Don't forget that, as P. Bell showed in 1970, the study of the Palermo Stone Nile floods' levels' recordings did evidence a sudden and marked debate already during the first half of the apparently flourishing reign of Ni-neter. Thus enviromental factors must not be overlooked in a research of the causes of the troubles which the Egyptian state faced in this period.
Finally there' s the double faced reign of Khasekhem(wy): once some scholars believed that the two names were those of 2 different individuals. This is untenable, but the archaeological evidence of Horus Khasekhem and Horus Seth Khasekhemwy, particularly that of Hierakonpolis and Abydos, needs to be reanalyzed in order to find the reasons for the name/title change and, even recalling the epithet 'Nebwyhotepimef', we must clarify the relationship of this king with his predecessor(s) and the reality of his claim at the Unification of Egypt; is this the common accession ceremony or, as for Narmer, a very event?

The archaeological researches for Second Dynasty cemeteries have yielded less material than for the First and Third Dynasty.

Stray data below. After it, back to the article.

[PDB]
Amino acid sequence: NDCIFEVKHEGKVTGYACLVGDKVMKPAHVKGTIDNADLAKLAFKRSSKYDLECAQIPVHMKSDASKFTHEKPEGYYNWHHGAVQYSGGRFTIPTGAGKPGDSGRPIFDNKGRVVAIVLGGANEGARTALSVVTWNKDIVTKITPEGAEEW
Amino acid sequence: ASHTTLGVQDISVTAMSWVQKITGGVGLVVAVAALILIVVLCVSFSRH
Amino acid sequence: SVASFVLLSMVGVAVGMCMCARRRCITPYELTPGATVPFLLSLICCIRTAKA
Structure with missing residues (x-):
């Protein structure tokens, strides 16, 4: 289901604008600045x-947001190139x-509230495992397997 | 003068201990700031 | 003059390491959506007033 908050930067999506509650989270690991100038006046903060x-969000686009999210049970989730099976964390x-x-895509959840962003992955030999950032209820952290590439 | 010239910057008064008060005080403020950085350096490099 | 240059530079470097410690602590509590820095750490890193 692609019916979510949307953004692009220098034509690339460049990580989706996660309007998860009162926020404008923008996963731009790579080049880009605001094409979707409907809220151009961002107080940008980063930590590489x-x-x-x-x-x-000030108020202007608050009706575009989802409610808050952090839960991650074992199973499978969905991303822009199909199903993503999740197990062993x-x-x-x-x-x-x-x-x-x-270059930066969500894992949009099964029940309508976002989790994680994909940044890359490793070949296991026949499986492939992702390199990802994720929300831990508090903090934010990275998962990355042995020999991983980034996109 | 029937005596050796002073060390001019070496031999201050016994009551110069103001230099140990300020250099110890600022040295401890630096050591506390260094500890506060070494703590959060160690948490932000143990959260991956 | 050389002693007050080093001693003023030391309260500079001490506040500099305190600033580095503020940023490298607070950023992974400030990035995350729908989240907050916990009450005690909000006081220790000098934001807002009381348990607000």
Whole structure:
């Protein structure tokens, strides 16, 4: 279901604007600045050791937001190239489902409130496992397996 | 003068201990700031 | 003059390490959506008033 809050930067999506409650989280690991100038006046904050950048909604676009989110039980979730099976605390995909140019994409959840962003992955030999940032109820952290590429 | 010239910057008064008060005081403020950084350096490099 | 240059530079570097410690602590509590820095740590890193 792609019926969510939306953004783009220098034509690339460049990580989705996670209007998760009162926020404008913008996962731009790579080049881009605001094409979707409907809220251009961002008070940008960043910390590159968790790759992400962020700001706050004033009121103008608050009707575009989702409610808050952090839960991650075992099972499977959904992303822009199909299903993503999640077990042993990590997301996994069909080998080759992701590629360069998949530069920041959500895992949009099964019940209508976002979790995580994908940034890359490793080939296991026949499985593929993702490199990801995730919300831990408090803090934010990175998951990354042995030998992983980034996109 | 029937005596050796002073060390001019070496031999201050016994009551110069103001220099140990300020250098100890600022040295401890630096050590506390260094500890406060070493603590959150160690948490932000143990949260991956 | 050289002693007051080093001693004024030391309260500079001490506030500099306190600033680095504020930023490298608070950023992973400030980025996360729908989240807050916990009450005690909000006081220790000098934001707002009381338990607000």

Pieces of evidence are sparsely attested at the sites of Abu Roash, Giza, Zawyiet el Aryan, Saqqara, Tarkhan, Naga ed Deir, Beit Khallaf, Abydos, Gebelein, Hierakonpolis, Elephantine but only those from Saqqara and Abydos have a profound 'royal' relevancy, being of a consistent number and variety. Also for this dynasty there are pieces (i.e. royal and private statuettes, seals and stone vessels) of unknown provenance now in private collections (Michailidis), and others from unsatisfactorily conducted and/ or published excavation campaigns (A.Mariette, E.Amelineau, J.Quibell). The fact is that many of these period's tombs were dug when the average of scientifical excavations techniques was still too low for the modern urges, and the dealers of antiquities had much more free-hand in spoiling sites and selling pieces to foreign museums.
But if we consider the most promising sites, Abydos and Saqqara, the situation is not so poor in possible objects of research.
Moreover the past and modern explorations of Hierakonpolis (i.e. the city of Nekhen and the 'Fort'), and the recent decades starting of new excavations at Buto and particularly at Elephantine, are bringing new data, some of which related to 2nd dyn. kings' names (Khasekhem and Peribsen) and, above all, have added to the common source of the funerary monuments a new scenario that is the one of templar and civil architectures, and possibly of a King's palace (HK).